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Mortal Kombat X Review

Brett Phipps Updated on by

I’ve just punched someone so hard in the crotch their head came off. Johnny Cage has left a signed headshot on the corpse and departed, presumably to fight the next soon-to-be bow-legged victim. This is the Mortal Kombat experience, in one finisher. It has always found itself in the position of “not hardcore” enough to stand alongside the BlazBlues and Street Fighters. Yet the fact that NetherRealm refuses to take itself seriously, while offering something that no other fighter can – a decent story mode – means it’ll hold my attention far longer than any other brawler.

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The obvious talking point, as ever, is MKX’s violence: both absurd and spectacularly entertaining. Brutalities, X-Rays and Fatalities are animated in vicious detail, so much so you’ll enjoy repeated viewings, mainly because there aren’t many places where you’ll see intestines pulled through people’s throats outside of some horrendous Reddit thread. MKX also sees the return of the discipline system, where each combatant can choose from one of three fighting styles. It’s a great way to spice up proceedings and give greater tactical variety to the already sizeable roster. Combat itself is typical Mortal Kombat, with simple input commands for combos that won’t induce carpal tunnel syndrome, and even newcomers can flow from one attack to the next to produce entertaining matches.

For more casual players, beat-em-ups can struggle to live long in the memory, but Mortal Kombat works hard to keep you invested when you’re not actually fighting. First, there’s the Krypt. Everything you do earns Koins, which can be spent in the Krypt to unlock new concept art, costumes, Test Your Luck modifiers, Fatalities and more. It works in much the same way as in MK9, with many of the unlocks offering something beneficial to gameplay. While concept art will often be ignored, unlocking new fatalities for frequently-used characters gives you reason to keep popping back to purchase more.

Mortal Kombat X’s story mode stands out as one of its strongest elements. While other fighting games often won’t indulge character lore via an in-depth narrative, opting instead to let the player choose a single fighter who plays through to be rewarded with a short cutscene, NetherRealm does things differently. It tells its tale through a series of chapters: whichever character is the centrepiece of that chapter will be the controllable fighter.

Players always have the choice to skip a fight, should it prove too difficult or simply to move the plot along, and the story is enjoyable enough to keep you wanting to find out what happens next. The cutscenes between fights tend to overindulge in QTEs, but other than that it is an excellent mode, constantly rotating through the fighters and, more importantly, their high-impact moves. It’s the best framework for the series’ strengths: while Mortal Kombat may not be a series that can offer the technical depths of other brawlers on the market, the fact that it is willing to contextualise its roster within its lore in the game itself is something that keeps those like me interested. By creating ‘All-Star’ matchups with a small cutscene, it elevates the fights beyond a simple one-on-one brawl.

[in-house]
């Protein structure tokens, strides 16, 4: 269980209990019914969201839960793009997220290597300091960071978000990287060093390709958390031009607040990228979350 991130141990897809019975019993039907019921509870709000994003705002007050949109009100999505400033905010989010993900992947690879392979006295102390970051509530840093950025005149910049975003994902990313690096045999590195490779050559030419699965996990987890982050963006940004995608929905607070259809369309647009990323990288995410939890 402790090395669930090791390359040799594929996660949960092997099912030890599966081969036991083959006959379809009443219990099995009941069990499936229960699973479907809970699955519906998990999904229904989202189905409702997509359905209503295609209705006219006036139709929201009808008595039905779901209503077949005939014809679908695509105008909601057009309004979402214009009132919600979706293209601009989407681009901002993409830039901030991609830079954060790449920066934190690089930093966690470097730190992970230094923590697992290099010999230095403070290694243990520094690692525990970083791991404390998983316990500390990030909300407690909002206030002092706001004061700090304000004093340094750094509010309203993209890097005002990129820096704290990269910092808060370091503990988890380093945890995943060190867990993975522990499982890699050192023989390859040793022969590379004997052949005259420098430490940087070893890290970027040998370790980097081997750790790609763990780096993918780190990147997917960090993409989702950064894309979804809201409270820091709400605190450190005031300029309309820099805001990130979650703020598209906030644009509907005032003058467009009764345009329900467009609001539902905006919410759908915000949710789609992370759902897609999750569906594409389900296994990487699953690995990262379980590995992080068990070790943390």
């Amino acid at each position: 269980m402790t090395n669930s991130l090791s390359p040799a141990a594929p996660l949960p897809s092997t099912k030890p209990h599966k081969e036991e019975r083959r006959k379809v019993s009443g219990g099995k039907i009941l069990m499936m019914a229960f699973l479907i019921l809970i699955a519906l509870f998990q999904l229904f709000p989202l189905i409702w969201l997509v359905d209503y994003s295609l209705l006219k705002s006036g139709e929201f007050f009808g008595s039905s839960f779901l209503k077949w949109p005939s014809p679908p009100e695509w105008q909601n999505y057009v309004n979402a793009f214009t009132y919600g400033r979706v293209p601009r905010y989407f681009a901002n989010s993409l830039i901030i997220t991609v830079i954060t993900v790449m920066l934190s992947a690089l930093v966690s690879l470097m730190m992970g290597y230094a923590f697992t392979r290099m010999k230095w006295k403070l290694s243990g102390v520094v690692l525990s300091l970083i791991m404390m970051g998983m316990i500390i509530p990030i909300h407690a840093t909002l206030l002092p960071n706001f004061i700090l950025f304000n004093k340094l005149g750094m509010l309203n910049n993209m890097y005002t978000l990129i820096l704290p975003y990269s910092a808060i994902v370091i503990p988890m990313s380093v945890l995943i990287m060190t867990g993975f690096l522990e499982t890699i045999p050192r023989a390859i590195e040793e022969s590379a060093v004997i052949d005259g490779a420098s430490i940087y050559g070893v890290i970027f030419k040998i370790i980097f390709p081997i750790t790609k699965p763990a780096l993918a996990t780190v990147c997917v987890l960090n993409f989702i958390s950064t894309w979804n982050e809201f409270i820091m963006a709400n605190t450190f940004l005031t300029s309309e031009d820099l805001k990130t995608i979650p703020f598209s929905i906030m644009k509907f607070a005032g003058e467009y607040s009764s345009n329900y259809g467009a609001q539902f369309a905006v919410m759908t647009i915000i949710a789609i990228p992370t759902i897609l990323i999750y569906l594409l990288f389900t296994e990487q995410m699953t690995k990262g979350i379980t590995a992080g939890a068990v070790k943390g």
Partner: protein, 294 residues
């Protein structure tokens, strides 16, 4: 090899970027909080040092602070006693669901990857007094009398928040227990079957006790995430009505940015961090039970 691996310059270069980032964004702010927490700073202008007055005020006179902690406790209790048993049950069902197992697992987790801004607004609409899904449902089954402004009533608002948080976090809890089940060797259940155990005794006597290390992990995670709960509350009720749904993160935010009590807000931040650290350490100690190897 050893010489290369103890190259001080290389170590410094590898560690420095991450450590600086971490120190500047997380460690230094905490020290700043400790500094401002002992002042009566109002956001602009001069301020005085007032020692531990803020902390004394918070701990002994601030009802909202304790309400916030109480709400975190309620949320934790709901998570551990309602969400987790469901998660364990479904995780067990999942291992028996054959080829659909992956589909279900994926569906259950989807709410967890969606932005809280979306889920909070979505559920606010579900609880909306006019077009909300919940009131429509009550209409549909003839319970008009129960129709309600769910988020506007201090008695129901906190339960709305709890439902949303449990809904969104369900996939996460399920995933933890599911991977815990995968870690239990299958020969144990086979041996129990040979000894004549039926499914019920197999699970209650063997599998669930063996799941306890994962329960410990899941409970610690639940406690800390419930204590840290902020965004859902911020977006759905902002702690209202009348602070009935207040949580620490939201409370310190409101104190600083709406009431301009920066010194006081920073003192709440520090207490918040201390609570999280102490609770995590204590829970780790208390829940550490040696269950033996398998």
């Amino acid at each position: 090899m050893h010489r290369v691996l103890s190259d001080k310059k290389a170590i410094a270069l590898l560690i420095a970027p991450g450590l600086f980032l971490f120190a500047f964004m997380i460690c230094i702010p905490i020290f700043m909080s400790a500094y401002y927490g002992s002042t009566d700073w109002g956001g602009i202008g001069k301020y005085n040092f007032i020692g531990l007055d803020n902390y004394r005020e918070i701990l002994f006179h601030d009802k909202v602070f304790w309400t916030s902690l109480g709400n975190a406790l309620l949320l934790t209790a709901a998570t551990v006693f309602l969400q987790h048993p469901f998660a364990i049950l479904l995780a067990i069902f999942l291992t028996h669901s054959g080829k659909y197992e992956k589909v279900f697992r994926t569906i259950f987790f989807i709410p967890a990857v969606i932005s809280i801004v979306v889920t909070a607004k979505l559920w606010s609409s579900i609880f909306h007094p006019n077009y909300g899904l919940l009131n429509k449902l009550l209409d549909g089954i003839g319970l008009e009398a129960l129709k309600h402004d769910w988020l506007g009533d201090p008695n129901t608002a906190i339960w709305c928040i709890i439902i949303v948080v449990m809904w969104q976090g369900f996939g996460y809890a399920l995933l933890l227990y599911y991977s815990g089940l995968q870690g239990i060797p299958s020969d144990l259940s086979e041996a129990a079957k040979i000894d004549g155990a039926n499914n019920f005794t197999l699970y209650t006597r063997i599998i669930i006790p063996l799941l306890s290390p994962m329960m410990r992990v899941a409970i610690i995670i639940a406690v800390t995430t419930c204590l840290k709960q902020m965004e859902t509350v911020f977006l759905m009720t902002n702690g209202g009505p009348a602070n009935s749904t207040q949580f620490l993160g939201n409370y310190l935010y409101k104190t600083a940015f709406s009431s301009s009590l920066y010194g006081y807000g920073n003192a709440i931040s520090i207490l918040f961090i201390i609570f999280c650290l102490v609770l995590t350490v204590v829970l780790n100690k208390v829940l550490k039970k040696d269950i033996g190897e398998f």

One of Mortal Kombat’s traditional modes, Towers, has also seen a revamp, now dubbed Living Towers. Rather than continue as the generic arcade mode of the series, NetherRealm has made it a regularly updated feature which players can return to and post scores for their friends to best. With Hourly, Daily and Premier Towers, players can take on different challenges and see how far they make it. It’s a shame that the strength-based Test Your Might Tower doesn’t receive the same treatment, as after making it to the top, I found little reason to return. Test Your Luck, on the other hand, is the most interesting addition. Fights will see random modifiers generated, such as double speed or random bomb drops, which can serve to create more entertaining or frustrating encounters. It’s purely luck of the draw, but overall it makes fights more interesting. For the traditionalists, the regular Towers remain, too.

With fighting games requiring pinpoint precision and timing, input lag in online multiplayer is a noticeable and disappointing issue. Each of the online matches I’ve played has suffered with input delay. When trying to pull off special moves or X-Rays, having to wait half a second for the command to pay off in the fight is nigh-on impossible to compensate for, and more often I’ll fail to do the attack. It remains to be seen if this will be fixed, but it’s not a great start.

Overall, however, Mortal Kombat X is the most entertaining fighting game on next-gen. It’s bonkers in the best possible way, serving up some eye-watering kills (Cassie Cage’s X-Ray move will make every man wince, every time) and entertaining matches that don’t require great skill to create. Depth lies in learning each character as the story introduces them, which forms a springboard to use them in other modes that surround it. Story mode is engaging enough to keep you plodding through in short bursts, the Krypt offers content that will make you want to earn the Koins to unlock everything, and all other modes change up the combat enough to keep you interested. This is the best Mortal Kombat game, and also the most hilariously brutal.

Version tested: PS4


Absurd, gruesome, ridiculous fun.
8 Fatalities Each character is fun to play Enjoyable story mode Online hiccups

Mortal Kombat X

on iOS, PC, PlayStation 3, PlayStation 4, Xbox 360, Xbox One

Mortal Kombat heads onto next-gen.

Release Date:

14 April 2015